Biofiction: Reproductive Ethics Edition

 

CBHD often receives requests from educators and other individuals for popular resources that engage bioethics through various media (fiction, film, and television). In this resource, we offer an overview of materials relevant to reproductive ethics in fictional books and series. Readers are cautioned that these works represent a wide variety of genres and may not be appropriate for all audiences. If there is a work you think we missed, email us at info@cbhd.org.

 

Reproductive Ethics

  • Atwood, Margaret. MaddAddam Trilogy (Series)
    • Oryx and Crake (Anchor, 2004)
    • The Year of the flood (2010)
    • MaddAddam (2013)
    • The trilogy explores the aftermath of a cataclysmic bioterror pandemic that eradicates most of the human species. In the first volume, the main character Jimmy is the unwitting accomplice to the bioterror event for which his friend Crake/Glen is responsible. As Jimmy realizes the scope of what has happened he seeks to protect a humanoid species (the Crakes) that Crake has genetically-engineered, with a group of friends referred to as the MaddAddamites. The second volume follows an environmental cult, God's Gardeners, and two of their members - Toby and Ren - as they seek to survive in the aftermath of a landscape infested with genetically-engineered intelligent creatures. The final volume brings the survivors together as they seek to rebuild some semblance of civilization in the midst of threats from other humans who have seemingly lost their humanity. (Topics: Animal-Human Hybrids, Bioterrorism, Biotechnology, Egg Donation, Euthanasia, Genetic Engineering, Human Enhancement, Personhood, Posthuman, Research Ethics)
  • Card, Orson Scott. The Ender Saga (Series, also referred to as the Ender's Game Series)
    • Ender's Game (1985)
    • Speaker for the Dead (1986)
    • Xenocide (1991)
    • Children of the Mind (1996)
    • Ender in Exile (2008)
    • A sci-fi series for young adults. Amidst the evolving storyline the series raises a number of issues related to technology and the complexities of their personal and societal implications. (Topics: Reproductive Technology, Genetic Engineering, Human Enhancement, Artificial Intelligence and Personhood, Radical Life Extension)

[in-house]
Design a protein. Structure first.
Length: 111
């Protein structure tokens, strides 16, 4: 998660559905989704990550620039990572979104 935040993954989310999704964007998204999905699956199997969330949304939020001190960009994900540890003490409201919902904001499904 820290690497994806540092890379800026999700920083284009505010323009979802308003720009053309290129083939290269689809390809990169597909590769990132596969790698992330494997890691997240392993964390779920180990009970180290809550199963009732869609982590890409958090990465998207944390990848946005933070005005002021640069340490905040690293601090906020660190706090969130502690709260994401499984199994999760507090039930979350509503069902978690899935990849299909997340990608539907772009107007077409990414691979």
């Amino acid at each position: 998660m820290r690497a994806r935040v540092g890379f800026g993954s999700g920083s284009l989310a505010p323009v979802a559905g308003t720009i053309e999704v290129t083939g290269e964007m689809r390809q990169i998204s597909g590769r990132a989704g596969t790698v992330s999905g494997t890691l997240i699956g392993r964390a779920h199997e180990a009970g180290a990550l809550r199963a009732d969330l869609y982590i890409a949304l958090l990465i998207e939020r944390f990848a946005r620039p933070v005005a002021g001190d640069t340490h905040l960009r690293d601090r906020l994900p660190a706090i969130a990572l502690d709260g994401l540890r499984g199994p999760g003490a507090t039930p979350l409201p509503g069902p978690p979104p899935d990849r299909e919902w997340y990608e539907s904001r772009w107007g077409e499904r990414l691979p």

• Card, Orson Scott. The Shadow Saga (Series)
    • Ender's Shadow (1999)
    • Shadow of the Hegemon (2001)
    • Shadow Puppets (2002)
    • Shadow of the Giant (2005)
    • Shadows in Flight (2012)
    • A sci-fi series for young adults. Amidst the evolving storyline the series raises a number of issues related to technology and the complexities of their personal and societal implications. (Topics: Reproductive Technology, Genetic Engineering, Human Enhancement, Artificial Intelligence and Personhood, Radical Life Extension)
  • Card, Orson Scott. Shadows in Flight (Tor, 2012)
    • The latest addition to Orson Scott Card's Ender corpus. This contribution to the Shadow series finds genetically engineered "Bean" in space flight with his enhanced progeny, as they struggle to find a way to reverse the unintended consequences of their genetic enhancements. (Topics: Artificial Womb, Genetic Engineering/Gene Therapy, Human Enhancement)
  • Lowry, Louis. The Giver (Houghton Mifflin, 1993)
    • (Topics: Designer Babies, Eugenics, Euthanasia, Genetic Engineering, Neuroethics, Personhood, Reproductive Technology, Surrogacy)
  • Lowry, Louis. Son (Houghton Mifflin, 2012)
    • (Topics: Surrogacy)
  • Shusterman, Neal. Unwind (Simon and Schuster, 2007)
    • Unwind follows four teens fighting for their lives in a future America in which 13- to 19-year-olds can be “unwound”—a process of harvesting organs and body tissue for the use of others. The country has suffered through a Second Civil War pitting pro-life and pro-choice groups in combat over abortion. The passage of the “Bill of Life” along with a dramatic advance in organ transplantation capabilities by means of the development of “neurografting” (a procedure that makes use of 99.4% of the human body) have restored social order and begun to remedy cultural divisions that plagued the country by promoting human health. The Bill of Life offered a compromise by prohibiting abortion, but parents may retroactively abort their teen-aged children by “unwinding” them—harvesting all of their useful organs and tissues such that the children were said to not die, but physically live on. The teens in the story recognize their vulnerability and dispensability to their parents and society as a whole that results from this policy. The Bill of Life feigns preserving human life and dignity, but commodifies a demographic desired only for their tissues and organs. Unwind (and its sequels in the Unwind Dystology series UnWholly, UnSouled, and UnDivided) follows the teens and their resistance against forces promoting a casual view of human life and an expanding role for government and commercial power over the nation. How far should organ transplantation go? How does a nation slide into indifference toward its youth for personal, national, and commercial gains? Unwind is a tense read intended for a young adult audience, graphically exposing the possibilities of biomedical technology and the importance of a moral framework as necessary to keep safeguards on the advance of technology and medicine. (Review by Marie Butson, MDIV, MA) (Topics: Neuroscience, Organ Procurement and Transplantation, Reproductive Technologies)

 

 

Updated December 2016